Open File Report 1994-07

Open File Report 1994-07

OFR 1994-07

Regional Stratigraphic - Structural Study. Orientation Heavy Mineral Stream Sedimentary Study., Southern Alberta Rift, Southwest Alberta

Author(s) Gilmour, W.R. Date 1994-03-01

The intent of the 1993 field program was to follow up the fieldwork that was conducted under Canada-Alberta MDA project M92 04 002 during 1992 (Williamson et al., 1993). The 1993 program consisted of two separate studies. (1) One study comprised the stratigraphic-structural examination and geological mapping of selected stratigraphic sections in rock units ranging from Proterozoic to Cenozoic in age. The intent of this work was to search for changes in sedimentary facies, paleocurrent directions and other such geological features that would indicate the location and duration of the Southern Alberta Rift in southwest Alberta. (2) The second study comprised the orientation heavy mineral sampling of three selected drainages in southwest Alberta. The intent of this work was to determine if selected heavy mineral fractions in stream drainage sediments provide a better 'anomaly' to 'background' contrast as compared to that found by the standard stream silt sampling methodology.

The major contributions from the 1993 stratigraphic-structural study are: (1) definite stratigraphic evidence for rift-related influences on sedimentation patterns in Middle Proterozoic to Cenozoic strata and, less definitively, (2) stratigraphic and structural data that more precisely indicate the inferred margins, particularly the southern margin, of the Southern Alberta Rift. Strata of the Purcell Supergroup contain several notable features that indicate rift-influenced effects on sedimentation patterns. These syndepositional tectonic effects on sedimentation patterns were mainly found in strata of the Appekunny, Grinnell, Siyeh and Sheppard Formations. The effects of rift-related tectonism are not as obvious in Phanerozoic strata, and an accurate estimation of the rift margins during the Phanerozoic could not be defined by the 1993 field work. However, several features occur within Phanerozoic strata that indicate repeated episodes of syndepositional tectonism that may have been related to reactivation of structures associated with the Southern Alberta Rift. With respect to the location of the margins of the Southern Alberta Rift, it must be kept in mind that the original delineation of the rift boundaries was interpreted from geophysical evidence by Kanasewich (1968) and Kanasewich et al. (1969), hence the inferred margins of the Southern Alberta Rift in southwest Alberta are not accurately known. Nonetheless, the existence of well-defined depocentres and associated facies variations found by the 1993 program comprise hard field evidence that rift-related effects are preserved in the Proterozoic rocks of the Clark Range and have permitted a better understanding of the position of at least the inferred southern margin of the Southern Alberta Rift. This information, coupled with suitable mineral deposits models, will assist in the exploration for various types of metallic mineral deposits in southwest Alberta.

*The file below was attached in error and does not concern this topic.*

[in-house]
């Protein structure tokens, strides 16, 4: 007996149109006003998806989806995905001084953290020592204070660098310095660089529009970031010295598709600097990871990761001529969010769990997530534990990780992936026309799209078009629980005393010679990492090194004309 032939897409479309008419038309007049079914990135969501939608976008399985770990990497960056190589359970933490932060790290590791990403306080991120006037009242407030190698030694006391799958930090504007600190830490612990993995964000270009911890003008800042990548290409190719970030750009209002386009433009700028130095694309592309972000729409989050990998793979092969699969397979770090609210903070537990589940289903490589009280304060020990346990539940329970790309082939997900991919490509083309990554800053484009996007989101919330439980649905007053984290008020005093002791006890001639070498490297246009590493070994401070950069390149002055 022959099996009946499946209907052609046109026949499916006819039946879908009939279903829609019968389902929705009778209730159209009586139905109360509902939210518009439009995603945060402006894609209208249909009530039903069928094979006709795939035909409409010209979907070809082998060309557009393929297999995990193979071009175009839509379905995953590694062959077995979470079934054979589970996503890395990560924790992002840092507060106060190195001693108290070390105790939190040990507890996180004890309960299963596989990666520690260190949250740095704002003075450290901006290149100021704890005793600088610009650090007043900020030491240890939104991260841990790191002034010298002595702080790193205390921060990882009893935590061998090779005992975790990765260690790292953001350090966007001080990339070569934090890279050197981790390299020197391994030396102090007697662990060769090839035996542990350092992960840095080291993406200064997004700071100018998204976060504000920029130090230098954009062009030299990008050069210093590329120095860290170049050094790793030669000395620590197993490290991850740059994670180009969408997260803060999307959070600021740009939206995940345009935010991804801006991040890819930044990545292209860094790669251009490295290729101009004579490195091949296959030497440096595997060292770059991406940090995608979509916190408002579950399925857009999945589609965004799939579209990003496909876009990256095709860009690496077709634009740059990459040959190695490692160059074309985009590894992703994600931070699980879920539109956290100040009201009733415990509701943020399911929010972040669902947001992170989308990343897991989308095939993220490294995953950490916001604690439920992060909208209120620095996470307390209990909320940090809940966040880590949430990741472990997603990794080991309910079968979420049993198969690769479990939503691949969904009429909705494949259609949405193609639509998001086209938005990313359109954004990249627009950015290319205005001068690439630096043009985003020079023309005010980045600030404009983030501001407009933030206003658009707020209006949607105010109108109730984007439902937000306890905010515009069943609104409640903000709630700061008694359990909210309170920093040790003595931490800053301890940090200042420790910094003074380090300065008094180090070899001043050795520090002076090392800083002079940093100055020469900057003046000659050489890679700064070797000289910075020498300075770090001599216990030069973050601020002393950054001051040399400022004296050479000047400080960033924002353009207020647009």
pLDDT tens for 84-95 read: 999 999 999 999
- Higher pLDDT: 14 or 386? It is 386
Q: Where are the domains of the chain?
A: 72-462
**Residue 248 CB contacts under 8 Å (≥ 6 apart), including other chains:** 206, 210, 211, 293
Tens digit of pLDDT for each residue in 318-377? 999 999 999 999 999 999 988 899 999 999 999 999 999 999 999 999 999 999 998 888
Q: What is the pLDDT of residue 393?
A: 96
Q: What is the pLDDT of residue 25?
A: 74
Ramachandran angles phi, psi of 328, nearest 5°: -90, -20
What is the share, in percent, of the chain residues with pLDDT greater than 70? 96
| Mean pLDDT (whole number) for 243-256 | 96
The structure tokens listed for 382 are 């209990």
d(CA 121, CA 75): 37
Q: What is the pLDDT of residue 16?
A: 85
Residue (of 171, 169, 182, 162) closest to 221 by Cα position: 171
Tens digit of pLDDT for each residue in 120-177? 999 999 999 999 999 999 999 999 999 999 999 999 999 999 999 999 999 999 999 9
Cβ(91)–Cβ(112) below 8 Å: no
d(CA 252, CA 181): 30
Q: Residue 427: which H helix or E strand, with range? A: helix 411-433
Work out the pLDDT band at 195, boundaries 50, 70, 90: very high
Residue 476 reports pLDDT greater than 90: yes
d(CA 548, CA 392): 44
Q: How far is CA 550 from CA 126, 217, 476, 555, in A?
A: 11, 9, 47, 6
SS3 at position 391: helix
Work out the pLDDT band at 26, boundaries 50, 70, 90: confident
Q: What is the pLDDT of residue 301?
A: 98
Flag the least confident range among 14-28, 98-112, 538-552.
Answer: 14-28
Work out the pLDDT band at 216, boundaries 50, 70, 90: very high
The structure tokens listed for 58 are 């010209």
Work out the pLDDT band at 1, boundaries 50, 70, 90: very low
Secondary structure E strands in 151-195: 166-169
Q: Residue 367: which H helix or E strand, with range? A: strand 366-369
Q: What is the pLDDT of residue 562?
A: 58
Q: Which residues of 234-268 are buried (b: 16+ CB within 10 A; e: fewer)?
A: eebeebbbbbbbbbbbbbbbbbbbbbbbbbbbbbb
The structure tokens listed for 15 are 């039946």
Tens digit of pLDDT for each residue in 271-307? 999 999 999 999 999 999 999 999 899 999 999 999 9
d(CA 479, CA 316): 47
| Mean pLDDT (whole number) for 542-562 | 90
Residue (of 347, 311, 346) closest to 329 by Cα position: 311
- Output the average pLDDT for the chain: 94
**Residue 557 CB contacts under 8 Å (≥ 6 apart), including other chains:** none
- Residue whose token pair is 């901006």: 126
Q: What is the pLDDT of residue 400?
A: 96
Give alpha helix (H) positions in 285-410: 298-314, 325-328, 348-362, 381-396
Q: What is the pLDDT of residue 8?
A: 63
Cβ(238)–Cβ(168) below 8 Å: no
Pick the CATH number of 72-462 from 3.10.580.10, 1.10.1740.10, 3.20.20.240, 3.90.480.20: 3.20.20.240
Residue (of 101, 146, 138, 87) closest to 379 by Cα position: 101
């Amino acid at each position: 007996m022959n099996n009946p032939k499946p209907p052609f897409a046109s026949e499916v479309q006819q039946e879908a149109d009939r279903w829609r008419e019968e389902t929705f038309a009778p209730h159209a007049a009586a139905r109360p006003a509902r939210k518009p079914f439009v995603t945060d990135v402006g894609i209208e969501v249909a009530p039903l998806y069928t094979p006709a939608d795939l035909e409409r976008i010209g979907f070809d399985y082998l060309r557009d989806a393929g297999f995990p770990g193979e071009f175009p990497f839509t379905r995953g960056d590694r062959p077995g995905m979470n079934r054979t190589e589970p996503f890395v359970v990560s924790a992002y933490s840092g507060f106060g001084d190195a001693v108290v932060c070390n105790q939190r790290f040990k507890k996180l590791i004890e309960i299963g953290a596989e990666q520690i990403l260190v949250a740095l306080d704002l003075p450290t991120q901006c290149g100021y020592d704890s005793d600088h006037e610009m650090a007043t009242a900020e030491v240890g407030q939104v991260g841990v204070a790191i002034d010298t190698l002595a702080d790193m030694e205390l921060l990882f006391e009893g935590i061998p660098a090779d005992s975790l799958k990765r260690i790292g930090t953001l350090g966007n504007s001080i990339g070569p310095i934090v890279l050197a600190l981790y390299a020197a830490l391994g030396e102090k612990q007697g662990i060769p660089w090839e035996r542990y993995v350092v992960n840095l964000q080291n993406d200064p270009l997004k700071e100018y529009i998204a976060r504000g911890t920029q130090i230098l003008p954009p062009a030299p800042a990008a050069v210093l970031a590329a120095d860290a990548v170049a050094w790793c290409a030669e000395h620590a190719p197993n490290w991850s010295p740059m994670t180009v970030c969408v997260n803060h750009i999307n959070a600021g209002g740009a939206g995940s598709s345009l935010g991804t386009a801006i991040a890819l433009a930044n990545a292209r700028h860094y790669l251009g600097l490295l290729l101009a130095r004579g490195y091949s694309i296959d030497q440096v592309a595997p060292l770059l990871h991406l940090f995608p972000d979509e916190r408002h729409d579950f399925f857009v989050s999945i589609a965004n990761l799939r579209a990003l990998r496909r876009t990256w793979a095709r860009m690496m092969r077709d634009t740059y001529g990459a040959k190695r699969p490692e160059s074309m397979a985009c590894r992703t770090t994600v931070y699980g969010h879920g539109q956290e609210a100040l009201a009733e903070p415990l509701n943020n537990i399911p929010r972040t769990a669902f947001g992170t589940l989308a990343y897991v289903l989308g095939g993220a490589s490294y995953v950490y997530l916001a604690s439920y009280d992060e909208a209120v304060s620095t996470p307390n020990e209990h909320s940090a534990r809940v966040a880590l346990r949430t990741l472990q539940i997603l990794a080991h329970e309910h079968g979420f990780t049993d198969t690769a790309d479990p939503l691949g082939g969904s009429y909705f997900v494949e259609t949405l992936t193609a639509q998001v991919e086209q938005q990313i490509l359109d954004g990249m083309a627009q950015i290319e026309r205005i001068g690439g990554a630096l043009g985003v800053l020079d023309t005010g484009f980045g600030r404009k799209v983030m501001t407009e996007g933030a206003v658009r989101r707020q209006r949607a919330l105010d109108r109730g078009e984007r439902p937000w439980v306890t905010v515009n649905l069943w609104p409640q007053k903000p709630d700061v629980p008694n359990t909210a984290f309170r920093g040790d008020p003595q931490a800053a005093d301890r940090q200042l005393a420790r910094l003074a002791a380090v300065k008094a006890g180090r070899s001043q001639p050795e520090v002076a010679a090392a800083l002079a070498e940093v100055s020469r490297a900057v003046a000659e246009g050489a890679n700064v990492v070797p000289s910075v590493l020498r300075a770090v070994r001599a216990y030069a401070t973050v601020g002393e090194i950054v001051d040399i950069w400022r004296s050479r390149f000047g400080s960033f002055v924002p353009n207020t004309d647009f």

The orientation heavy mineral stream sediment survey has proven successful in detecting known elastic sediment-hosted copper-silver mineralized zones in Proterozoic strata, and carbonate-hosted zinc-lead-silver mineralized zones in Paleozoic strata. The heavy mineral survey results commonly show a contrast between anomalous and background values that is about an order of magnitude greater than that which exists in the standard geochemical stream silt survey results in southwest Alberta. Therefore, the use of heavy mineral concentrates from stream sediments to obtain this better anomaly to background contrast can play a significant role in both identifying specific mineralized zones and in evaluating the mineral potential of drainage basins. Further studies of the regional heavy mineral content of stream drainages are required in southwest Alberta to: (a) confirm the heavy mineral technique's applicability to other areas with differing geological and geomorphological conditions, (b) confirm and refine which of the various heavy mineral fractions provide the best anomaly to background contrast for each element of exploration interest, and (c) more precisely determine the background, threshold and anomalous classifications for each element and heavy mineral fraction.